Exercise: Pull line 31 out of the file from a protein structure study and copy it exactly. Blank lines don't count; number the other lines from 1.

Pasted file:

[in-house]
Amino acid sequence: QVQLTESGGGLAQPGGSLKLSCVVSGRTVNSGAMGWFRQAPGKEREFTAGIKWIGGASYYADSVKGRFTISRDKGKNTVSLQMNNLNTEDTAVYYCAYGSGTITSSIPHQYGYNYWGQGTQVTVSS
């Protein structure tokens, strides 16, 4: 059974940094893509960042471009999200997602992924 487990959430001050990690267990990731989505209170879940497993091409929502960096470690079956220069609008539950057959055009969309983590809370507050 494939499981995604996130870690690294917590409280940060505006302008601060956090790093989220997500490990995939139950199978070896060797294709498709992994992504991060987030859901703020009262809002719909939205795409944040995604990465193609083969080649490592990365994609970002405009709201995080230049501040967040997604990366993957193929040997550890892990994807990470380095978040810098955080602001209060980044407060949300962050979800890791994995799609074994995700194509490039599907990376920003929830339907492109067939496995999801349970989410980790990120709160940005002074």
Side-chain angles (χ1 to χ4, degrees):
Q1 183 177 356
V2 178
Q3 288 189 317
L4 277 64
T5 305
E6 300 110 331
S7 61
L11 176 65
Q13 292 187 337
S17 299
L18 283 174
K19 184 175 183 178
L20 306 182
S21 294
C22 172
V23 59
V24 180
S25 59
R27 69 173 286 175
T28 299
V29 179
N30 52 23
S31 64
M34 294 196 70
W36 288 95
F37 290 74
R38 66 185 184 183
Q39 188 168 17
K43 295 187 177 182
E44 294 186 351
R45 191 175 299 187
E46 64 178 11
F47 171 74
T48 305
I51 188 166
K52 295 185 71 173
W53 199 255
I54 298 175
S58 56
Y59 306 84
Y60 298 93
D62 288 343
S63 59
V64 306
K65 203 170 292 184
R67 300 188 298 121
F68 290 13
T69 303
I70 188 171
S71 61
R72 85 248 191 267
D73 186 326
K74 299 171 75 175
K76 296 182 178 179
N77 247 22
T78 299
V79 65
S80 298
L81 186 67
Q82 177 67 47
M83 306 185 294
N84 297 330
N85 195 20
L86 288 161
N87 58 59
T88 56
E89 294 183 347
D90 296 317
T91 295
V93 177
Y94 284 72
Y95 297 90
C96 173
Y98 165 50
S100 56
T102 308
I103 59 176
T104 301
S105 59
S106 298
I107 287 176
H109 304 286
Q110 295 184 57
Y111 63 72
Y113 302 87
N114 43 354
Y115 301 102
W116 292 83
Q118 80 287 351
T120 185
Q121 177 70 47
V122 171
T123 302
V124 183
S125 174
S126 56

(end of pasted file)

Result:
R38 66 185 184 183